LinkedIn Masterclass – who do you want to become?

    By Moira Wright, on 14 February 2017

    During the autumn term a group of 20 UCL UG, PG, PGR, PGT and PhD students attended a LinkedIn masterclass workshop series designed and delivered by Miguel Garcia, Global Instruct Manager from LinkedIn. The course consisted of six 2 hour workshops designed to develop the right mindset and enhance skills to enable students to use LinkedIn according to their own needs and interests.

    The benefit of having Miguel Garcia delivering the sessions was apparent from the start – his knowledge of LinkedIn and how it can work for an individual or an organisation – is second to none!

    Watch the video below to hear more from Miguel and some comments and feedback from students here:

    He took his experience of helping customers grow their businesses using LinkedIn and applied this to helping students find and prepare for careers aligned to their personalities, interests, ambitions, skills, and values.

    The first session asked the question Why Should I use LinkedIn? The students were shown how to begin to establish a professional brand, how to find the right people, how to engage with people, and how to initiate and build relationships as well as how they can see and measure immediately the effectiveness of their actions on LinkedIn. The session ended with recommendations on what to focus on and some actions to take in the next seven days.

    Session two was called How do I build my personal brand? and was based on the premise that just because you are a student it doesn’t mean you don’t have experience or a personal brand. This session focused in learning how to showcase the skills and experience gained from student roles, volunteering or part time work in a compelling way to attract recruiters and powerful industry influencers. The students learnt about how to curate content from past experiences for their profile to enhance and improve the way this is shown by using the rich media options available to you on LinkedIn. This curated content along with a professional profile photograph provides a complete profile that is attractive to both recruiters as well as prospective employers.

    The third session How can I communicate effectively? is probably something that most people have struggled with at one time or another – finding the right way to say things and then share them with a global audience can be daunting so this session concentrated on effective social sharing and publishing on LinkedIn. During the session students were sending messages, InMails, introduction and connection requests to begin to build their networks. One key aspect covered in this session was the difference between academic writing and business writing in respect of written posts for LinkedIn and the importance of finding ‘your voice’ to do so.

    The fourth session How should I connect with others? was focused on connecting with the right people in the right way – basically networking effectively. The opportunity for students to connect with professionals, academics and influencers gives them access to unique career opportunities and informs them about the job market and how it works. The most effective students will be able draw on the expertise of their network before applications and interviews giving them unique and valuable insights and information or advice.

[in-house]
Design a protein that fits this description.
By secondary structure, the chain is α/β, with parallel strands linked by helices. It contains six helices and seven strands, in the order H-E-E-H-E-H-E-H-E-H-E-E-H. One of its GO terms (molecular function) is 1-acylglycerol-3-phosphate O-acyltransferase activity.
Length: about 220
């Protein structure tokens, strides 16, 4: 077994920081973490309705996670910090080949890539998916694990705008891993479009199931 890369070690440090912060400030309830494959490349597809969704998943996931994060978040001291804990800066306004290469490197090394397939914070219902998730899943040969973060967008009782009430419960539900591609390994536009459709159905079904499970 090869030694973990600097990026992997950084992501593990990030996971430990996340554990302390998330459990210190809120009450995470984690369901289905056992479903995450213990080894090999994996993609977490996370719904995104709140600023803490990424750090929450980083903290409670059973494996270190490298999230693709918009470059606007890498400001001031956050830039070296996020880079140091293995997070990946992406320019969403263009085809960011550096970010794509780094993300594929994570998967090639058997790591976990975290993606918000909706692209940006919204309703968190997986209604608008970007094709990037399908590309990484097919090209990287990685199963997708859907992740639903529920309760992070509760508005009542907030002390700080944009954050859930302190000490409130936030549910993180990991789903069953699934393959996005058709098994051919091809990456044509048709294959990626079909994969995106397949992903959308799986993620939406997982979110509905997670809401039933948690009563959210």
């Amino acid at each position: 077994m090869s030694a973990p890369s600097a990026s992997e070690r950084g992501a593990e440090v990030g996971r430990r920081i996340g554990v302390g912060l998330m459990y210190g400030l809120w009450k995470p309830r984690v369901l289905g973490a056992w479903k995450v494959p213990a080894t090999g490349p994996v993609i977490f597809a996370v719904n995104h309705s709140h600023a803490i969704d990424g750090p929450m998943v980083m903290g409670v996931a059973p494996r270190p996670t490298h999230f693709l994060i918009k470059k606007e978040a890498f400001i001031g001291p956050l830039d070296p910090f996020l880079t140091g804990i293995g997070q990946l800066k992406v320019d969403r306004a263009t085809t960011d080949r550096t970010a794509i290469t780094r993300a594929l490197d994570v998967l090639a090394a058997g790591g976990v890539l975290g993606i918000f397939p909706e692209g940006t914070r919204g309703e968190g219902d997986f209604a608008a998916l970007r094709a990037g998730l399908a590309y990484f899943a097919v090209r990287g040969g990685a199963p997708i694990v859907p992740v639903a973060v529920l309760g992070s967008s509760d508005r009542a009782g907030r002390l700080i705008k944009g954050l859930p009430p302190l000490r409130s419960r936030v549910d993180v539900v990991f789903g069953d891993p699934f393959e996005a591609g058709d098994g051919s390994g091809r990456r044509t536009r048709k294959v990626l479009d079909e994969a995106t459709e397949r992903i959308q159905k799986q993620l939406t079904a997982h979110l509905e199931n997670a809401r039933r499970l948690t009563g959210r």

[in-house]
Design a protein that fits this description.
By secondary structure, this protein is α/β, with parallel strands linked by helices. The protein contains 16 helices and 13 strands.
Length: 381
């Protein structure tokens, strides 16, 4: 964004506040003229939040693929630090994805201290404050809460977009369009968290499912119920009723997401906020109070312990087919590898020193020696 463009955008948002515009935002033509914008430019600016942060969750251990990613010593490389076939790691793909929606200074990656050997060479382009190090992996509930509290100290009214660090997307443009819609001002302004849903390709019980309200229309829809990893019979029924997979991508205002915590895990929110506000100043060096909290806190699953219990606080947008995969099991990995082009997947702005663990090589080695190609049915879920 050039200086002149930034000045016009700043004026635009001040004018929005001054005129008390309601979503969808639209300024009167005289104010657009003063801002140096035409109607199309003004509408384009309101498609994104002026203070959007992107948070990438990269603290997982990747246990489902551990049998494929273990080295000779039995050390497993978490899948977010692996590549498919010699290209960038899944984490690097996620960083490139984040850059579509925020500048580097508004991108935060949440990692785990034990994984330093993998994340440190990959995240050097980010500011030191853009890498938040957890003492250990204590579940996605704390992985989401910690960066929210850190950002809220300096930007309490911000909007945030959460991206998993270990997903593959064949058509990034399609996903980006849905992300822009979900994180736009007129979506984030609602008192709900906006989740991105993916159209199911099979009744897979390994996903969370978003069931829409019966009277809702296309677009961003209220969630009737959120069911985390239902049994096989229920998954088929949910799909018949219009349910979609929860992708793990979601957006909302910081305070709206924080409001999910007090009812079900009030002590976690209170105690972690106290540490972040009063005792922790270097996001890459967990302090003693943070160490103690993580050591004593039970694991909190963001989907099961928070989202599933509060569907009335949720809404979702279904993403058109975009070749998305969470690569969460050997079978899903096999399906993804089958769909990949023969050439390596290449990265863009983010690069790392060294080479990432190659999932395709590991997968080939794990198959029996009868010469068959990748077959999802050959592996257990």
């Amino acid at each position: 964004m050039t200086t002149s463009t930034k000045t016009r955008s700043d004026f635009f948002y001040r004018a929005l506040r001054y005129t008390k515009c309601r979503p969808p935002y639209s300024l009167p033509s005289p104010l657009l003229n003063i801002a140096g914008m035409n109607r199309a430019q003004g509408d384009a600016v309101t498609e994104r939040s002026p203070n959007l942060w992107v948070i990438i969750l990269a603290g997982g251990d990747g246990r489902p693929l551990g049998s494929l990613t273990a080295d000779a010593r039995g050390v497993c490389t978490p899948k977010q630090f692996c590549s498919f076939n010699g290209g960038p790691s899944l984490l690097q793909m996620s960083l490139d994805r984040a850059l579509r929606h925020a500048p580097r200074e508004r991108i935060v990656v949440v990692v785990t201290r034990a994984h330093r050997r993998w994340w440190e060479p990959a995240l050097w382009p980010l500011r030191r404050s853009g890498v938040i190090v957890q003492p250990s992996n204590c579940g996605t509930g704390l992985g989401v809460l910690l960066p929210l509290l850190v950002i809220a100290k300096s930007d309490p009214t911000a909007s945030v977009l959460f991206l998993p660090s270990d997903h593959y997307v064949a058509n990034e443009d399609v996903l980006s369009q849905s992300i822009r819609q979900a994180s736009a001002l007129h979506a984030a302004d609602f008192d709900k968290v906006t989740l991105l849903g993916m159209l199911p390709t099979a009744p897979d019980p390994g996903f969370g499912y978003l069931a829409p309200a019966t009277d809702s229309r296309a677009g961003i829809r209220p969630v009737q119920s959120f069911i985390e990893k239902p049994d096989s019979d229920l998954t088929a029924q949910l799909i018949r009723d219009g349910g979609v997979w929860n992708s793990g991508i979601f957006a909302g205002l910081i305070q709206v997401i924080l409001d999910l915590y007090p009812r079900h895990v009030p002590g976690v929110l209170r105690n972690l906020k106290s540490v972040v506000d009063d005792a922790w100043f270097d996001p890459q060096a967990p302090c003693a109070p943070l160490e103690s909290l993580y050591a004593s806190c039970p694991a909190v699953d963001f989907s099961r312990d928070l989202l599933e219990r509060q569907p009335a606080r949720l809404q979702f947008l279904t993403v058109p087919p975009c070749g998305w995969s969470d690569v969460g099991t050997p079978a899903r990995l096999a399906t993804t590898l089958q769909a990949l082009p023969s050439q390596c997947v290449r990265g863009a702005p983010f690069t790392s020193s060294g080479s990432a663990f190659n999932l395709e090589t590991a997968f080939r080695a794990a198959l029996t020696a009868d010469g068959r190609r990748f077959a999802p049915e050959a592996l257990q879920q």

The fifth session How do I use LinkedIn to find a job or internship? is probably why most students signed up. The challenge is not just to find a job but the right career opportunity and something that you will enjoy doing. There are many examples of how others have managed to do this – even when it did not seem very likely. This session showed how by conducting research on LinkedIn you can access career and company pages to get an understanding of an organisation’s culture, benefits and opportunities to make sure they line up with what you are looking for. The session also included how to create a plan to stay in contact with employers so that when opportunities become available your chances are enhanced.

    The final session How can I use LinkedIn to develop the ultimate career plan? was about how to put together a strategy and flexible plan to raise your chances of success in a changing world. The importance of having a long term plan and strategy for how you will use everything learned on the course and use it over the next 6 months in actionable steps. Students will set their own milestones, agree what further learning they may need or where they need to improve. Every student will make a 6 month commitment with regular check-ins to ensure progress.

    The course was totally oversubscribed and I experienced something I never have before at UCL – an increase in participation for the first few weeks – a definite first for me. In fact the course has been so successful we are running it again this term – this time with 40 places available and have moved every other session online to Blackboard Collaborate.

    Miguel has brought with him a set of unique skills and experiences that have greatly benefited UCL students –there really can’t be many who have experience of the full recruitment cycle from both an employers and employee perspective along with such a deep understanding of how a platform like LinkedIn works. Having completed the course students are now confidently and happily making connections, reaching out to prospective employers and building networks of contacts on their own.

    There is usually a distinct lack of control for a graduate who is job searching – they are often limited to contact with a HR department or a recruiter and with most job applications being made online – they seldom get feedback or guidance on why things may not have worked out as the volumes of applicants are far too high to do so. This is one of the many benefits of using LinkedIn – you are much more in control of things and generally the communication is direct and also in real time.

    Nowadays it is increasingly important for students to understand how online recruiting and job searching works – what the pluses can be and also any pitfalls. What has worked so well with this course is how Miguel has perfectly balanced the blend of coaching, activities and presentations – yet still managing to address each and every person’s needs in the group. There have been some quite remarkable transformations during the course and some of the first cohort are now working on a 1 minute video to add to their LinkedIn profile – watch this space!

    If you want to learn more about using LinkedIn check out the Learning LinkedIn Lynda.com course.